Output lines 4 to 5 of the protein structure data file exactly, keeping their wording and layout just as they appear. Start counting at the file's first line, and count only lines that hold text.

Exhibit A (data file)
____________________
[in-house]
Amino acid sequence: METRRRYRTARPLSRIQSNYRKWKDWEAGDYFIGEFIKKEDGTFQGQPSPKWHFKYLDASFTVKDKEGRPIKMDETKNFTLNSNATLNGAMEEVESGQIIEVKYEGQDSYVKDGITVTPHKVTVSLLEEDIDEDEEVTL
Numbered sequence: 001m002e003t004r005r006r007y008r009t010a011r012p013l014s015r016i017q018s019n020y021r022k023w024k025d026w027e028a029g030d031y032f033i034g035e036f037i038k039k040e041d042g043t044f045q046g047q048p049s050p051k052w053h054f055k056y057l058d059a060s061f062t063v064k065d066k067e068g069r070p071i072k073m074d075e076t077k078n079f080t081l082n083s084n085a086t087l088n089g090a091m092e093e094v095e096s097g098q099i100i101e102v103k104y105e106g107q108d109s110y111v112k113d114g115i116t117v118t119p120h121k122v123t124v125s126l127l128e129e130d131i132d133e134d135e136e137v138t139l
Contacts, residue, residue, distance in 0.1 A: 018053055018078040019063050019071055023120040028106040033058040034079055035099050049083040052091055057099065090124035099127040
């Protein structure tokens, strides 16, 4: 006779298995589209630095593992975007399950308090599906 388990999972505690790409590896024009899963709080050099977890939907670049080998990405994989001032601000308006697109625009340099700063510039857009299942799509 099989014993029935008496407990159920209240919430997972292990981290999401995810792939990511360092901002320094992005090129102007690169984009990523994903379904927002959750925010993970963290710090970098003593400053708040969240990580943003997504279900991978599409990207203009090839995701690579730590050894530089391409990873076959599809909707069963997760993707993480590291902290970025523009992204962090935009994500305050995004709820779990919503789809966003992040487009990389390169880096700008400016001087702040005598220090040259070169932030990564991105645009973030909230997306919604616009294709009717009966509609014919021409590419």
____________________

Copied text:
Contacts, residue, residue, distance in 0.1 A: 018053055018078040019063050019071055023120040028106040033058040034079055035099050049083040052091055057099065090124035099127040
């Protein structure tokens, strides 16, 4: 006779298995589209630095593992975007399950308090599906 388990999972505690790409590896024009899963709080050099977890939907670049080998990405994989001032601000308006697109625009340099700063510039857009299942799509 099989014993029935008496407990159920209240919430997972292990981290999401995810792939990511360092901002320094992005090129102007690169984009990523994903379904927002959750925010993970963290710090970098003593400053708040969240990580943003997504279900991978599409990207203009090839995701690579730590050894530089391409990873076959599809909707069963997760993707993480590291902290970025523009992204962090935009994500305050995004709820779990919503789809966003992040487009990389390169880096700008400016001087702040005598220090040259070169932030990564991105645009973030909230997306919604616009294709009717009966509609014919021409590419």